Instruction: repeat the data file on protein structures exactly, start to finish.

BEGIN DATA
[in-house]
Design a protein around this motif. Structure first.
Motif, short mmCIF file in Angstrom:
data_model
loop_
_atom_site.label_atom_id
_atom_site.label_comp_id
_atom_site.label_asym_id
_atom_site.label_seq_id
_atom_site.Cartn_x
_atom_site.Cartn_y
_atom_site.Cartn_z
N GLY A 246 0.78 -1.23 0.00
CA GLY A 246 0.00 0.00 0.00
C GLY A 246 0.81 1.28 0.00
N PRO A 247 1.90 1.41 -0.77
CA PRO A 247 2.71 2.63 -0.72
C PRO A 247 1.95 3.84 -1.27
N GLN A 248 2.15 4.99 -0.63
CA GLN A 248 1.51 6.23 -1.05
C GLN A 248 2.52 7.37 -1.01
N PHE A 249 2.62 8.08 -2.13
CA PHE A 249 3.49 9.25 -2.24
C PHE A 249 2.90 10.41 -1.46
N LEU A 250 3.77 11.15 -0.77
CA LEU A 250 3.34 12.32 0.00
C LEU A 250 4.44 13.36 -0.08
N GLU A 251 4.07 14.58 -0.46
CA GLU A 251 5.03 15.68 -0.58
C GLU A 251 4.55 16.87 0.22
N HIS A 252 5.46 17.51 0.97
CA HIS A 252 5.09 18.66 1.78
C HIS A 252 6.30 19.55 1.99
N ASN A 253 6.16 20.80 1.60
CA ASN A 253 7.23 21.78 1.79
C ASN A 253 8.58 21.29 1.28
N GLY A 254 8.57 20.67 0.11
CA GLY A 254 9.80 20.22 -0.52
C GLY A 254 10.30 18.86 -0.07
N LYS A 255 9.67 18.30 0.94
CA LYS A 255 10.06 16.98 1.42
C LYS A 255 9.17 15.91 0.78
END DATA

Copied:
[in-house]
Design a protein around this motif. Structure first.
Motif, short mmCIF file in Angstrom:
data_model
loop_
_atom_site.label_atom_id
_atom_site.label_comp_id
_atom_site.label_asym_id
_atom_site.label_seq_id
_atom_site.Cartn_x
_atom_site.Cartn_y
_atom_site.Cartn_z
N GLY A 246 0.78 -1.23 0.00
CA GLY A 246 0.00 0.00 0.00
C GLY A 246 0.81 1.28 0.00
N PRO A 247 1.90 1.41 -0.77
CA PRO A 247 2.71 2.63 -0.72
C PRO A 247 1.95 3.84 -1.27
N GLN A 248 2.15 4.99 -0.63
CA GLN A 248 1.51 6.23 -1.05
C GLN A 248 2.52 7.37 -1.01
N PHE A 249 2.62 8.08 -2.13
CA PHE A 249 3.49 9.25 -2.24
C PHE A 249 2.90 10.41 -1.46
N LEU A 250 3.77 11.15 -0.77
CA LEU A 250 3.34 12.32 0.00
C LEU A 250 4.44 13.36 -0.08
N GLU A 251 4.07 14.58 -0.46
CA GLU A 251 5.03 15.68 -0.58
C GLU A 251 4.55 16.87 0.22
N HIS A 252 5.46 17.51 0.97
CA HIS A 252 5.09 18.66 1.78
C HIS A 252 6.30 19.55 1.99
N ASN A 253 6.16 20.80 1.60
CA ASN A 253 7.23 21.78 1.79
C ASN A 253 8.58 21.29 1.28
N GLY A 254 8.57 20.67 0.11
CA GLY A 254 9.80 20.22 -0.52
C GLY A 254 10.30 18.86 -0.07
N LYS A 255 9.67 18.30 0.94
CA LYS A 255 10.06 16.98 1.42
C LYS A 255 9.17 15.91 0.78